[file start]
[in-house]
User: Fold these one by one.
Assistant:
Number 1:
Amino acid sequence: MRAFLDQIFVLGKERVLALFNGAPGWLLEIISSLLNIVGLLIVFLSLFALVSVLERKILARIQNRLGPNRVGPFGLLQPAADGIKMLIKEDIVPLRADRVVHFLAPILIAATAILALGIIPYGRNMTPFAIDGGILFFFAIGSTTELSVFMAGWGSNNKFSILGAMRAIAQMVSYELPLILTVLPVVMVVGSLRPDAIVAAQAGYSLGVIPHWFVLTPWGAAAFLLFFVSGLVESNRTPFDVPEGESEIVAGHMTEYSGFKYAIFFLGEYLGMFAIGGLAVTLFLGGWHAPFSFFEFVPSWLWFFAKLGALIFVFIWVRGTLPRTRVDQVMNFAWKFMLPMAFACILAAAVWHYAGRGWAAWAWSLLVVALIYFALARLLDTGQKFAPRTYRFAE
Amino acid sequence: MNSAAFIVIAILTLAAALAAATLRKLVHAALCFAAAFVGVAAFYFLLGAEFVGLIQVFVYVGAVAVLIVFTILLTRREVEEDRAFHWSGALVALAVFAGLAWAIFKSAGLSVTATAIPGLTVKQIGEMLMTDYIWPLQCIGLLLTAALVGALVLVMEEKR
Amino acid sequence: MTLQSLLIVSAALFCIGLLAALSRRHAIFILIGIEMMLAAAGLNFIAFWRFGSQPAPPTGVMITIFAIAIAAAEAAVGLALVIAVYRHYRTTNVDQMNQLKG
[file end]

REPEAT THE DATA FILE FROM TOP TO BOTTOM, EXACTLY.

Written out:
[in-house]
User: Fold these one by one.
Assistant:
Number 1:
Amino acid sequence: MRAFLDQIFVLGKERVLALFNGAPGWLLEIISSLLNIVGLLIVFLSLFALVSVLERKILARIQNRLGPNRVGPFGLLQPAADGIKMLIKEDIVPLRADRVVHFLAPILIAATAILALGIIPYGRNMTPFAIDGGILFFFAIGSTTELSVFMAGWGSNNKFSILGAMRAIAQMVSYELPLILTVLPVVMVVGSLRPDAIVAAQAGYSLGVIPHWFVLTPWGAAAFLLFFVSGLVESNRTPFDVPEGESEIVAGHMTEYSGFKYAIFFLGEYLGMFAIGGLAVTLFLGGWHAPFSFFEFVPSWLWFFAKLGALIFVFIWVRGTLPRTRVDQVMNFAWKFMLPMAFACILAAAVWHYAGRGWAAWAWSLLVVALIYFALARLLDTGQKFAPRTYRFAE
Amino acid sequence: MNSAAFIVIAILTLAAALAAATLRKLVHAALCFAAAFVGVAAFYFLLGAEFVGLIQVFVYVGAVAVLIVFTILLTRREVEEDRAFHWSGALVALAVFAGLAWAIFKSAGLSVTATAIPGLTVKQIGEMLMTDYIWPLQCIGLLLTAALVGALVLVMEEKR
Amino acid sequence: MTLQSLLIVSAALFCIGLLAALSRRHAIFILIGIEMMLAAAGLNFIAFWRFGSQPAPPTGVMITIFAIAIAAAEAAVGLALVIAVYRHYRTTNVDQMNQLKG